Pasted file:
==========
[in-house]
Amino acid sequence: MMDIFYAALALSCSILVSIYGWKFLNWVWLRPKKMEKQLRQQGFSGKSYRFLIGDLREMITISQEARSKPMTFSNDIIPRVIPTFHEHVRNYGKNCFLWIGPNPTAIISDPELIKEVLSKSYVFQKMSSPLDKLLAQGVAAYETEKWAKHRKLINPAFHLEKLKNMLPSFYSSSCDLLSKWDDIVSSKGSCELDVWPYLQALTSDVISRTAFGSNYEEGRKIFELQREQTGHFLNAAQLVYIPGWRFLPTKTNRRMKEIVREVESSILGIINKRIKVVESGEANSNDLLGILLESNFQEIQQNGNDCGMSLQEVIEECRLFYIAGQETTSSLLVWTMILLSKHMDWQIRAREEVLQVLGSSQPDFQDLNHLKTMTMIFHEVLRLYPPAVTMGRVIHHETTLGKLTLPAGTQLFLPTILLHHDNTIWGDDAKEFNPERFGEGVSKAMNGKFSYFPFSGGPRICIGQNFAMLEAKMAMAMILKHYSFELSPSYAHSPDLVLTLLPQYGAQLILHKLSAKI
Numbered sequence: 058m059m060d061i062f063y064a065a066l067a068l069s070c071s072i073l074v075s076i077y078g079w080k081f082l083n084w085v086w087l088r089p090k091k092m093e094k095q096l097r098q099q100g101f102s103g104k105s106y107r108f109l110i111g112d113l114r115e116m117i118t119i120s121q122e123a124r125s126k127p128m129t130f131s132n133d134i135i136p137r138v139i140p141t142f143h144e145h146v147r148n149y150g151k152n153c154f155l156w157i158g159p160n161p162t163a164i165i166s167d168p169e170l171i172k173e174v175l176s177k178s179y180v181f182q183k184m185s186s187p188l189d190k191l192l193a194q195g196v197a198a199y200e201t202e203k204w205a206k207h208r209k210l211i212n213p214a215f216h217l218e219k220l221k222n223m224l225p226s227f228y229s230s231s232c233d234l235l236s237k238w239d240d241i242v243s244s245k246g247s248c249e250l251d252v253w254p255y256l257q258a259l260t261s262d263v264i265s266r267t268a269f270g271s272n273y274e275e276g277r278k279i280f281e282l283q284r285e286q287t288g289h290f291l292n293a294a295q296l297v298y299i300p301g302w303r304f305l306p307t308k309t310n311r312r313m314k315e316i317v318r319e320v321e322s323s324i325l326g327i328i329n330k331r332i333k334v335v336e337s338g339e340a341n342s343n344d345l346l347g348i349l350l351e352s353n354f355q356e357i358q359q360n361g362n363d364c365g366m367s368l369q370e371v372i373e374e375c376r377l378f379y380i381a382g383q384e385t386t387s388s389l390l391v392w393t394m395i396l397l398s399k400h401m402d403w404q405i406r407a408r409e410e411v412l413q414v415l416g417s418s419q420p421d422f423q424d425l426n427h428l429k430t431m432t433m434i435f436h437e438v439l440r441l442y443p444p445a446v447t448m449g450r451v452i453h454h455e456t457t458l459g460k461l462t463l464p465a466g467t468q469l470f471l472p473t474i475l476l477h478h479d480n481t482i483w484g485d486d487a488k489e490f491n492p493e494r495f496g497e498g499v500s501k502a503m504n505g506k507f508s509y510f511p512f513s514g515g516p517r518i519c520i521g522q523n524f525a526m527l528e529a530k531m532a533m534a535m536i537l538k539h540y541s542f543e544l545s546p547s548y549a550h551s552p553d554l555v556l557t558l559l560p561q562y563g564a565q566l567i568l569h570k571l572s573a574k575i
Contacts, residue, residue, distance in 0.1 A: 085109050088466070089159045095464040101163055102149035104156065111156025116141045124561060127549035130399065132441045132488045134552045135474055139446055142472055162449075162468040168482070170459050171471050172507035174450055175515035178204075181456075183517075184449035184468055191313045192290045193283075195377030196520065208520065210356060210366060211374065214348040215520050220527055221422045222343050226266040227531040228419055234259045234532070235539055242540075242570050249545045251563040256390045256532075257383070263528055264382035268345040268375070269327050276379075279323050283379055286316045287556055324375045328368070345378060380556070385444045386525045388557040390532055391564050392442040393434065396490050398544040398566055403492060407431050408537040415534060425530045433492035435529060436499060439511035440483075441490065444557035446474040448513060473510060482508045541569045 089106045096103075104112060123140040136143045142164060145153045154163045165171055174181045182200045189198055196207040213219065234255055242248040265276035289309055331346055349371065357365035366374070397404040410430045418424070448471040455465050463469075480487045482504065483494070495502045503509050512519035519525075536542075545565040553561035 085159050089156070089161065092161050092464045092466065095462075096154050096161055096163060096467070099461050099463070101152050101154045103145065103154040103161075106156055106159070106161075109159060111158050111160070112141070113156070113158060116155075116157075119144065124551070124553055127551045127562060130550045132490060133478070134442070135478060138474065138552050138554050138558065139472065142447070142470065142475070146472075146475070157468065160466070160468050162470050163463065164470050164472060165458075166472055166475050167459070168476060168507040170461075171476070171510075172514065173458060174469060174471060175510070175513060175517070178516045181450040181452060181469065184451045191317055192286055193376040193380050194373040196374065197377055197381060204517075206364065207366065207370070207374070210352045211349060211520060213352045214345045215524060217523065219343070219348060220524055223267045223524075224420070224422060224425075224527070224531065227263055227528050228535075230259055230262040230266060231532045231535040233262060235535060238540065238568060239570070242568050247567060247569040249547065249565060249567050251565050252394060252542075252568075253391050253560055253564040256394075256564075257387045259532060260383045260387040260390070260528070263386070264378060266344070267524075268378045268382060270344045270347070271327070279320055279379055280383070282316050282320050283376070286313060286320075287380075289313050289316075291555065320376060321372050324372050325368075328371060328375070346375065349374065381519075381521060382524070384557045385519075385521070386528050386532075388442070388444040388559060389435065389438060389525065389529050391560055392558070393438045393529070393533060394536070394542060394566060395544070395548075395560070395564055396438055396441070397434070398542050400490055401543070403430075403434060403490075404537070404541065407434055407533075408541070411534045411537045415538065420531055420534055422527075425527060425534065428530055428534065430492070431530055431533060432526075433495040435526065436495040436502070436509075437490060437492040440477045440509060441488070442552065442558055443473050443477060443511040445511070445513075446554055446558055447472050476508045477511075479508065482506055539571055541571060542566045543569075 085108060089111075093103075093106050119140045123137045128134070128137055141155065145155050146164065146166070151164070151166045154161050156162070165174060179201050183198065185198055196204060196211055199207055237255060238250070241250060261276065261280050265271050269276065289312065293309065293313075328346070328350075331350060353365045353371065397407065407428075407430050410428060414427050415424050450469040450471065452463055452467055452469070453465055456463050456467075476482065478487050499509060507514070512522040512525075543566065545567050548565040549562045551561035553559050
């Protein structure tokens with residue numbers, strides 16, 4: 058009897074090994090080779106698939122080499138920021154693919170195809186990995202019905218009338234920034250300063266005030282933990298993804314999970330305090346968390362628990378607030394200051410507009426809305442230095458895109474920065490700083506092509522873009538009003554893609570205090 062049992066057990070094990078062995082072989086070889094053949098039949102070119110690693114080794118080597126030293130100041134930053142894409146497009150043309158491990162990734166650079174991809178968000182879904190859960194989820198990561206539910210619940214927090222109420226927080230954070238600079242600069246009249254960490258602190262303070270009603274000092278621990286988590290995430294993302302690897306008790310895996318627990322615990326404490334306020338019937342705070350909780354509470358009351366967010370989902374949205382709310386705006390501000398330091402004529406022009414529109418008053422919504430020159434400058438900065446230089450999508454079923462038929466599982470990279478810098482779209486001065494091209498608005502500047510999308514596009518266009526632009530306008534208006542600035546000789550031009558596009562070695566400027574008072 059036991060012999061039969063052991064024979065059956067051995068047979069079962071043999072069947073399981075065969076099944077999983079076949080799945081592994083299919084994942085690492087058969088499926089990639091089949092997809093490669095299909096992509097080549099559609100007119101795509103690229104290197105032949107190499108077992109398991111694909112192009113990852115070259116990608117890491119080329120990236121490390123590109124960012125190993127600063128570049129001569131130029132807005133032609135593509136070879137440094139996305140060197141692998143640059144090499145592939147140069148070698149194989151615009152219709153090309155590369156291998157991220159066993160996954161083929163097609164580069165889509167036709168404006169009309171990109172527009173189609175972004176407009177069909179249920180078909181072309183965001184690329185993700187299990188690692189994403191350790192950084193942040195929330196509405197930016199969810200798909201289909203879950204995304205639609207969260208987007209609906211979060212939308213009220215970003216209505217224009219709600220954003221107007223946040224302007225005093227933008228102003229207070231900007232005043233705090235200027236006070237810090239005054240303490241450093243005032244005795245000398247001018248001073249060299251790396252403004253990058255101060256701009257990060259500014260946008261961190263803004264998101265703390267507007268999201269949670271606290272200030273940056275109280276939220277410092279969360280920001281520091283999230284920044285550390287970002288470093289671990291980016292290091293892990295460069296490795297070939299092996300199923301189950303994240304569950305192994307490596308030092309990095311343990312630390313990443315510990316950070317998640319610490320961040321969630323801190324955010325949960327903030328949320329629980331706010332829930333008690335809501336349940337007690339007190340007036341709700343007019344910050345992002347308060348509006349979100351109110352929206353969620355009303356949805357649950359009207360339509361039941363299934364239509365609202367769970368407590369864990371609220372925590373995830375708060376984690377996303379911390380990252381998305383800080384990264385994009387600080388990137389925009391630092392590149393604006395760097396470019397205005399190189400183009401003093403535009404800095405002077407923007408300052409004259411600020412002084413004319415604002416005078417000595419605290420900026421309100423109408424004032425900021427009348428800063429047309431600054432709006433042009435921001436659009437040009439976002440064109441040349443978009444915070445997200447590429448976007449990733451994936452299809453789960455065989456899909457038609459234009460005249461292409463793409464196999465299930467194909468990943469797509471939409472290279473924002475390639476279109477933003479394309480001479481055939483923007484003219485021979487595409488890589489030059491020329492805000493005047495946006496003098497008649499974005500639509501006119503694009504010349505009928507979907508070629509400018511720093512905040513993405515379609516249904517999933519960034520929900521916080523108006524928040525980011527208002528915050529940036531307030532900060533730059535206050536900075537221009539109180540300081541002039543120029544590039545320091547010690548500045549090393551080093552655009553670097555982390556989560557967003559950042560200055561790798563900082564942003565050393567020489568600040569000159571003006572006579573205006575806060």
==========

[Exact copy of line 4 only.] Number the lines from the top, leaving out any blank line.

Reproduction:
Contacts, residue, residue, distance in 0.1 A: 085109050088466070089159045095464040101163055102149035104156065111156025116141045124561060127549035130399065132441045132488045134552045135474055139446055142472055162449075162468040168482070170459050171471050172507035174450055175515035178204075181456075183517075184449035184468055191313045192290045193283075195377030196520065208520065210356060210366060211374065214348040215520050220527055221422045222343050226266040227531040228419055234259045234532070235539055242540075242570050249545045251563040256390045256532075257383070263528055264382035268345040268375070269327050276379075279323050283379055286316045287556055324375045328368070345378060380556070385444045386525045388557040390532055391564050392442040393434065396490050398544040398566055403492060407431050408537040415534060425530045433492035435529060436499060439511035440483075441490065444557035446474040448513060473510060482508045541569045 089106045096103075104112060123140040136143045142164060145153045154163045165171055174181045182200045189198055196207040213219065234255055242248040265276035289309055331346055349371065357365035366374070397404040410430045418424070448471040455465050463469075480487045482504065483494070495502045503509050512519035519525075536542075545565040553561035 085159050089156070089161065092161050092464045092466065095462075096154050096161055096163060096467070099461050099463070101152050101154045103145065103154040103161075106156055106159070106161075109159060111158050111160070112141070113156070113158060116155075116157075119144065124551070124553055127551045127562060130550045132490060133478070134442070135478060138474065138552050138554050138558065139472065142447070142470065142475070146472075146475070157468065160466070160468050162470050163463065164470050164472060165458075166472055166475050167459070168476060168507040170461075171476070171510075172514065173458060174469060174471060175510070175513060175517070178516045181450040181452060181469065184451045191317055192286055193376040193380050194373040196374065197377055197381060204517075206364065207366065207370070207374070210352045211349060211520060213352045214345045215524060217523065219343070219348060220524055223267045223524075224420070224422060224425075224527070224531065227263055227528050228535075230259055230262040230266060231532045231535040233262060235535060238540065238568060239570070242568050247567060247569040249547065249565060249567050251565050252394060252542075252568075253391050253560055253564040256394075256564075257387045259532060260383045260387040260390070260528070263386070264378060266344070267524075268378045268382060270344045270347070271327070279320055279379055280383070282316050282320050283376070286313060286320075287380075289313050289316075291555065320376060321372050324372050325368075328371060328375070346375065349374065381519075381521060382524070384557045385519075385521070386528050386532075388442070388444040388559060389435065389438060389525065389529050391560055392558070393438045393529070393533060394536070394542060394566060395544070395548075395560070395564055396438055396441070397434070398542050400490055401543070403430075403434060403490075404537070404541065407434055407533075408541070411534045411537045415538065420531055420534055422527075425527060425534065428530055428534065430492070431530055431533060432526075433495040435526065436495040436502070436509075437490060437492040440477045440509060441488070442552065442558055443473050443477060443511040445511070445513075446554055446558055447472050476508045477511075479508065482506055539571055541571060542566045543569075 085108060089111075093103075093106050119140045123137045128134070128137055141155065145155050146164065146166070151164070151166045154161050156162070165174060179201050183198065185198055196204060196211055199207055237255060238250070241250060261276065261280050265271050269276065289312065293309065293313075328346070328350075331350060353365045353371065397407065407428075407430050410428060414427050415424050450469040450471065452463055452467055452469070453465055456463050456467075476482065478487050499509060507514070512522040512525075543566065545567050548565040549562045551561035553559050